‘Keeping Up Appearances’ BBC’s most successful ..

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‘Keeping Up Appearances’ BBC’s most successful ..

It was lunchtime at the BBC Acton rehearsal rooms (no longer functioning as such). Time for myself a writer and production team from ‘Flip’ (1991) to make our way up to the cafeteria for subsistence, reflection and showbiz storytelling in this tall building where nearly all BBC drama, sit-coms, variety and such like were rehearsed and developed at the time. Pushing my tray along the dinner railings, while helping myself to the delights of what the BBC call food, I came upon a slightly flustered Patricia Routledge at the checkout till on her break from her own rehearsal of the ever popular TV sitcom ‘Keeping up Appearances’ several floors below. We had never met or been introduced, but she was fiddling in her purse for the allusive loose change, which would pay for her meal exactly, without using her credit card. We’ve all been there. Feeling rather hungry and wishing to speed up matters my hand went in to my own pocket and pulled out the necessary ten pence. ‘Oh you’re are kind … I do have it. Somewhere. I’ll bring it to you’ she said sweetly. ‘No need’ I said, and on giving each other a smile at the situation, we both moved off to our respective production lunch tables where colleagues were still struggling with the lamb shank. You wandered how her successful character of Hyacinth’ would have reacted? Possibly, with the success of Hyacinth, the talented actress could now hand me the ten pence a few times over as this week the BBC announced the sit-com ‘Keeping up Appearances’ is its most popular programme internationally.
The hit 1990’s sit-com being only 25 years old, has been bought 992 times by channels in other countries – more than any other BBC programme for at least 40 years. ‘Keeping up Appearances’ ran between 1990-95, for 5 series, 44 episodes starring Patricia Routledge and Clive Swift. Indeed, the programme continues its appeal, recently been acquired by broadcasters in Australia, Bulgaria, Ireland, Nigeria, Denmark and Latvia.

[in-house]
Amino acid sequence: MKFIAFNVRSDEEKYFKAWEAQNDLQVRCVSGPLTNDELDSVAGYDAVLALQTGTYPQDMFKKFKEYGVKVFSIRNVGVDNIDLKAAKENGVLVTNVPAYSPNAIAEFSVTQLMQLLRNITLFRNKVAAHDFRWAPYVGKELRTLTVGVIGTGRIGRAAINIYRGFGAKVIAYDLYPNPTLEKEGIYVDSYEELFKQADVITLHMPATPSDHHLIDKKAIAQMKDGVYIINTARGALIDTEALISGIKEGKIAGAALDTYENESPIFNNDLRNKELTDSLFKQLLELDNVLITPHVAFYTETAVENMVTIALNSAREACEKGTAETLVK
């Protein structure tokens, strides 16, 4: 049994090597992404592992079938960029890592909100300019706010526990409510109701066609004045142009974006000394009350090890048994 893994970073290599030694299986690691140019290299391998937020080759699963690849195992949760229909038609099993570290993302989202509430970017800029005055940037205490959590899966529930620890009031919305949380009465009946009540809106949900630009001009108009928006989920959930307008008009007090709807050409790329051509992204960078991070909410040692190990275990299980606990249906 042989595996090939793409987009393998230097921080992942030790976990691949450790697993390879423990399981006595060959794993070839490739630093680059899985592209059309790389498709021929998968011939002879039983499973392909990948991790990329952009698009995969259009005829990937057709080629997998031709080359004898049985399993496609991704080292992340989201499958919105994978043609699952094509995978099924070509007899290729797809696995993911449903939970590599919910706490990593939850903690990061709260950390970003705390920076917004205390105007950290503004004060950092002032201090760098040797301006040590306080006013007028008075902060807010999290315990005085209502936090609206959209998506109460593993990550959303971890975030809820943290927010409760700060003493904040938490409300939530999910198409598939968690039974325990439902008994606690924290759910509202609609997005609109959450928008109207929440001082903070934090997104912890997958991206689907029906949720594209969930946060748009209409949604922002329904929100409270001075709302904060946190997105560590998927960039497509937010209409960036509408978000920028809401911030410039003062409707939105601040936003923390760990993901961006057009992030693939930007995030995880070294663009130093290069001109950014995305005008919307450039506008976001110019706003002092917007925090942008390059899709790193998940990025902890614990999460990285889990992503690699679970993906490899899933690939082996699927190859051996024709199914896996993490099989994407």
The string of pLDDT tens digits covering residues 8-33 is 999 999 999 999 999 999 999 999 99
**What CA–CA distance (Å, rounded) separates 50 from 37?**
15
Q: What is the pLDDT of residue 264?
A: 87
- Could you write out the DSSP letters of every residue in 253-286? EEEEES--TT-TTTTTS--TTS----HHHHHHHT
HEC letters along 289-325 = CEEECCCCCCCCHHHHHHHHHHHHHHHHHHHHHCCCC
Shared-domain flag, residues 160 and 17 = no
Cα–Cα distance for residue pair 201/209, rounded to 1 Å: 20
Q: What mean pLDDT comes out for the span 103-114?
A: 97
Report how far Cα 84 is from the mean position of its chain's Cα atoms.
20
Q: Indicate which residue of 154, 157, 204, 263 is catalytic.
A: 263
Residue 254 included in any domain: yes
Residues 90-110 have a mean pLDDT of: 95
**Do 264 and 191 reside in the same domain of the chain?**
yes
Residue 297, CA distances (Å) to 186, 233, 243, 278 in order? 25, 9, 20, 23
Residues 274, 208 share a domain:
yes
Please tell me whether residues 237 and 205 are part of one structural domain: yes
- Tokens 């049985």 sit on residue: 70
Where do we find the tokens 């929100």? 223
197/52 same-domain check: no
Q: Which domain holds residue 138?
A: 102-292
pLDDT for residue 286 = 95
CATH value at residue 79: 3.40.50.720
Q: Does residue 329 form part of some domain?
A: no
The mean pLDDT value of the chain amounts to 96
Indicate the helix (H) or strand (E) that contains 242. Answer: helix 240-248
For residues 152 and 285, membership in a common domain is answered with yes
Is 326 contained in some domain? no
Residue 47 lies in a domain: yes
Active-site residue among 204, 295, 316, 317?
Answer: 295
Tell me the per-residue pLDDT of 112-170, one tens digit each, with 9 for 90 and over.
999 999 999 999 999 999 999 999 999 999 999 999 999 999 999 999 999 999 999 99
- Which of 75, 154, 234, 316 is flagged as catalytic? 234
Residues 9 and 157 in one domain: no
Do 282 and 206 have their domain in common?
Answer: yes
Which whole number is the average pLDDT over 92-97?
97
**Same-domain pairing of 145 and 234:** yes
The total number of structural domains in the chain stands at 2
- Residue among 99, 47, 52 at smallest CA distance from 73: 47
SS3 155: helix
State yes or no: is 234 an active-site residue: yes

Creator and writer of the series Roy Clark says: ” I think the secret to her wide fan base is that everyone knows a Hyacinth. Wherever you are it seems there’s a Hyacinth next door, or just down the road or in the family. I shouldn’t grumble. Bless her she’s been good to me.”

Clarke was a frequent visitor himself to those rehearsal rooms at Acton as one of the UK’s top comedy writers with ‘Last of the Summer Wine’ and ‘Open all hours’ just part of his catalogue of work.
The BBC rehearsal rooms at Acton were a fascinating place, it is often considered by those outside the business that every actor, celebrity or successful comedian know each other. The plain fact is they don’t. Individual productions may rehearse there but that does not mean everyone knows each other amongst the glitterati that sit down to sample BBC steak pie.

Les Dennis in his autobiography (2008 p136) recalled Liverpool comedian Greg Rodgers queuing next to Sir John Gielgud. The great Actor tapped Greg on the shoulder and asked. ‘Excuse me. Are you a comedian?’. Greg thought he’d seen him on the TV show ‘The Comedians’ and confirmed he was. ‘I thought so. All comedians have funny curly hair’ (Greg had a naff 1980’s perm at the time). He continued ‘If you had been an actor playing a Resistance man, you’d have neat short hair. But no, you’re obviously a comedian. Do have a lovely lunch. And walked off tray in hand’.

BBC Worldwide 40th anniversary of its Showcase events
Dennis Les, ‘Must the show go on ?’ Orion Publishing 2008

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